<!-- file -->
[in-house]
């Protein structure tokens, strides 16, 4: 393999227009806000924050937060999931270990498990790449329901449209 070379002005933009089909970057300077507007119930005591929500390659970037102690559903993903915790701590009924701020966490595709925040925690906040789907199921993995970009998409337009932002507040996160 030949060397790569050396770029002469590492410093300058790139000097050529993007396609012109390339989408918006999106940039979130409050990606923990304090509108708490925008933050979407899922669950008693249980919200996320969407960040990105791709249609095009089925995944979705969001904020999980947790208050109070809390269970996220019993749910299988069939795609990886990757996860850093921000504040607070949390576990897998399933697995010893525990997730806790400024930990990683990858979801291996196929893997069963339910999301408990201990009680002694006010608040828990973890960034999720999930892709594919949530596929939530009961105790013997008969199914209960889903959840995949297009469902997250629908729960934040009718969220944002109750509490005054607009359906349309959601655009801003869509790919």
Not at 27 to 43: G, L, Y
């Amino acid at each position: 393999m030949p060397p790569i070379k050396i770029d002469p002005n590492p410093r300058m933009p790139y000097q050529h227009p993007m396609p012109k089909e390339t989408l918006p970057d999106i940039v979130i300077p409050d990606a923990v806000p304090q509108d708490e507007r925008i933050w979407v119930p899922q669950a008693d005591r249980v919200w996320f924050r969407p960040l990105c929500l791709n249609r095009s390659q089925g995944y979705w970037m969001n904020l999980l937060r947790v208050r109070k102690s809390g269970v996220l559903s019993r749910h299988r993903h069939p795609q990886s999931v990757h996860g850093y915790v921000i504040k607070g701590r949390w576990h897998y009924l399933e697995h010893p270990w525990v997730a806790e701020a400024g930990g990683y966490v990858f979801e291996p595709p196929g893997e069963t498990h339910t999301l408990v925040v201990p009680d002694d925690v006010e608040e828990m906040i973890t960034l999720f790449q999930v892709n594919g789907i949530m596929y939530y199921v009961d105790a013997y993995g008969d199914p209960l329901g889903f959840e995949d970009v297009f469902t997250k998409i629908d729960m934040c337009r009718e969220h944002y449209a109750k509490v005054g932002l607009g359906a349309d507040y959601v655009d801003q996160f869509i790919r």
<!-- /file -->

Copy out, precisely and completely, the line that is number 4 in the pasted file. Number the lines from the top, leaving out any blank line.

């Amino acid at each position: 393999m030949p060397p790569i070379k050396i770029d002469p002005n590492p410093r300058m933009p790139y000097q050529h227009p993007m396609p012109k089909e390339t989408l918006p970057d999106i940039v979130i300077p409050d990606a923990v806000p304090q509108d708490e507007r925008i933050w979407v119930p899922q669950a008693d005591r249980v919200w996320f924050r969407p960040l990105c929500l791709n249609r095009s390659q089925g995944y979705w970037m969001n904020l999980l937060r947790v208050r109070k102690s809390g269970v996220l559903s019993r749910h299988r993903h069939p795609q990886s999931v990757h996860g850093y915790v921000i504040k607070g701590r949390w576990h897998y009924l399933e697995h010893p270990w525990v997730a806790e701020a400024g930990g990683y966490v990858f979801e291996p595709p196929g893997e069963t498990h339910t999301l408990v925040v201990p009680d002694d925690v006010e608040e828990m906040i973890t960034l999720f790449q999930v892709n594919g789907i949530m596929y939530y199921v009961d105790a013997y993995g008969d199914p209960l329901g889903f959840e995949d970009v297009f469902t997250k998409i629908d729960m934040c337009r009718e969220h944002y449209a109750k509490v005054g932002l607009g359906a349309d507040y959601v655009d801003q996160f869509i790919r």